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I'm having trouble finding the integral using usubstitution. 
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#1
Jun811, 01:57 PM

P: 19

1. The problem statement, all variables and given/known data
I have to integrate using usubstitution (probably). Ex. 1 Integrate (sin^4x)/(cos^6x)dx 2. Integrate (2x)/(sqrt(e^(2x^2)1))dx 3. Integrate (cos^1x)/(sqrt(1x^2))dx Thank you ! 2. Relevant equations I do not want the solutions. I just need to be pointed in the right direction (i.e. I need you to help me start off) **It should be noted that I am doing a calculus II course (Integral Calc, mostly) in university, so it's not very advanced integrals that I'm doing. Basically what I know is how to integrate using usubstitution, and I know the integrals for the inverse trig functions (which is supposed to be relevant to examples 2 & 3), and that's what information I have to work with. **It should also be noted that I may just not know how to rewrite the equations before I can integrate them. I have trouble 'seeing through' the equation and automatically knowing which way I'm going to solve it. 3. The attempt at a solution Ex. 1 I tried rewriting the equation using trig identities, e.g. (1cos(x))/(1sin(x))^3. I found this got me nowhere. I also tried rewriting it is (sin^4)(x)/(cos^4)(x)*1/cos(x), and rewriting and rewriting until I ended up with a big mess, so that got me nowhere as well. 2. Here's my dilemma: if I substitute e^2x for u, I end up needing an e to the power in my numerator, so that doesn't work out. if I instead substitute 2x^2 for u, I end up with the e to the power of u on the bottom and I don't have a formula for that. 3. I have no ideas on this one. 


#2
Jun811, 02:07 PM

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BTW, welcome to Physics Forums! 


#3
Jun811, 03:42 PM

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PF Gold
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For example 2, rewrite the integrand to remove the sqrt in the denominator, that is, express 1/sqrt(e^(2*x^2)1) using the appropriate exponent. After doing this, see if the factor 2x would be useful in integration by parts.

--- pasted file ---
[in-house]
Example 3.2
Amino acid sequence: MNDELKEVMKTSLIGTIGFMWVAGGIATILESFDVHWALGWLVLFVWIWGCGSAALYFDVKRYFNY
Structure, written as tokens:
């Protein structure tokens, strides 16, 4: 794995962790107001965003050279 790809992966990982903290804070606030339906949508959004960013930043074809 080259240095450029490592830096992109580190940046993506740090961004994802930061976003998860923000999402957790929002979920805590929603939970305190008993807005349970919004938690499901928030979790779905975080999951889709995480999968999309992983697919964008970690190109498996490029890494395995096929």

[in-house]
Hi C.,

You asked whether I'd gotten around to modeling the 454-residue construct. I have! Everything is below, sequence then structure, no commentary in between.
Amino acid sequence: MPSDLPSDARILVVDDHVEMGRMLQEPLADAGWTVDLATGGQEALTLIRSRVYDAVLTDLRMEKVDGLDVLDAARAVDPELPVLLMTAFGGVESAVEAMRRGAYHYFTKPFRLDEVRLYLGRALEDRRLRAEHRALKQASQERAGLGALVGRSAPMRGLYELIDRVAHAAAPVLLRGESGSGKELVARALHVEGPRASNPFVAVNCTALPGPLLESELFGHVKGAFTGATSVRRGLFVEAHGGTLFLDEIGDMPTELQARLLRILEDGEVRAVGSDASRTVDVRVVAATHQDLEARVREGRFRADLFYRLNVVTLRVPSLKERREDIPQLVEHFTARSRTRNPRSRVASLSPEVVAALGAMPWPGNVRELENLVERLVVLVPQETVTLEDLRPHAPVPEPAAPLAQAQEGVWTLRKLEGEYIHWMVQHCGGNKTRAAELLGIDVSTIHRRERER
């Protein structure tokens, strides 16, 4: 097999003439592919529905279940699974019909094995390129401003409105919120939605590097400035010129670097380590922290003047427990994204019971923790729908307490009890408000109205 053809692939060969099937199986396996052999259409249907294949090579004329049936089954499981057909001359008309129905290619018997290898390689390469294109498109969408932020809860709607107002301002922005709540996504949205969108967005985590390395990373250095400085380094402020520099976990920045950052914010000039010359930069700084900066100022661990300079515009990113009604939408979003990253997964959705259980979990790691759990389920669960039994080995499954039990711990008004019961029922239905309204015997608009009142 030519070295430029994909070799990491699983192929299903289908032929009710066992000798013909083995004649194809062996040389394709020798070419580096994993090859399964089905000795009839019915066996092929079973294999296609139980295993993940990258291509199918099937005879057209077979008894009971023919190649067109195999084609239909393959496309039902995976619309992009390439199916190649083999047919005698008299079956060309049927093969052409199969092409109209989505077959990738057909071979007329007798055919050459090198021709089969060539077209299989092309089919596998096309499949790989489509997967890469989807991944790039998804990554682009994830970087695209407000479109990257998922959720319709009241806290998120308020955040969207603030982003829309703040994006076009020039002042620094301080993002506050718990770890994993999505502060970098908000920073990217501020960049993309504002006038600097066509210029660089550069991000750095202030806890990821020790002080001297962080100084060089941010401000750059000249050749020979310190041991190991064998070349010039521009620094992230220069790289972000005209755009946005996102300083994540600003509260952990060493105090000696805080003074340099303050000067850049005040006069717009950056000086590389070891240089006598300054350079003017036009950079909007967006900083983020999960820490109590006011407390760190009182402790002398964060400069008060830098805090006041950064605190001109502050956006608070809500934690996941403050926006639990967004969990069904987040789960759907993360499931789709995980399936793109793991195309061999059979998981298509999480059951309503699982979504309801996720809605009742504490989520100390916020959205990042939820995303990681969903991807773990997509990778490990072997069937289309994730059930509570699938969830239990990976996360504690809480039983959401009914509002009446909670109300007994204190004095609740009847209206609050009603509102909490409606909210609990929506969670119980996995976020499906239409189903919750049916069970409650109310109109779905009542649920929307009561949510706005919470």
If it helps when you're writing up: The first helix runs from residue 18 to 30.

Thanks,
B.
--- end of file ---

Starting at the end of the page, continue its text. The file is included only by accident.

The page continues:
#4
Jun811, 03:44 PM

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PF Gold
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I'm having trouble finding the integral using usubstitution.
See if the factor 2x would be useful in a usubstitution integration. 


#5
Jun811, 05:43 PM

P: 19

Thanks all, but I still cannot find the solution to the second example.
I let u=2x, so du=2dx Since the x is is still in the numerator, I say that also, x=u/2 So I fill this in and I get Integral of (u/2)(1/(sqrt((e^u)1))du I have not yet learned to do integration by parts, by the way. 


#6
Jun811, 06:06 PM

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PF Gold
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The argument of the exponential has an x^{2} in it, right? So try u=x^{2} to try simplify that a bit. That's where you find the factor of 2x comes in handy.
Then you might try a substitution like v=e^{u} and see where that gets you. A lot of this you figure out by trial and error. As you do more problems, you'll start to get a feel for what works and what doesn't. 


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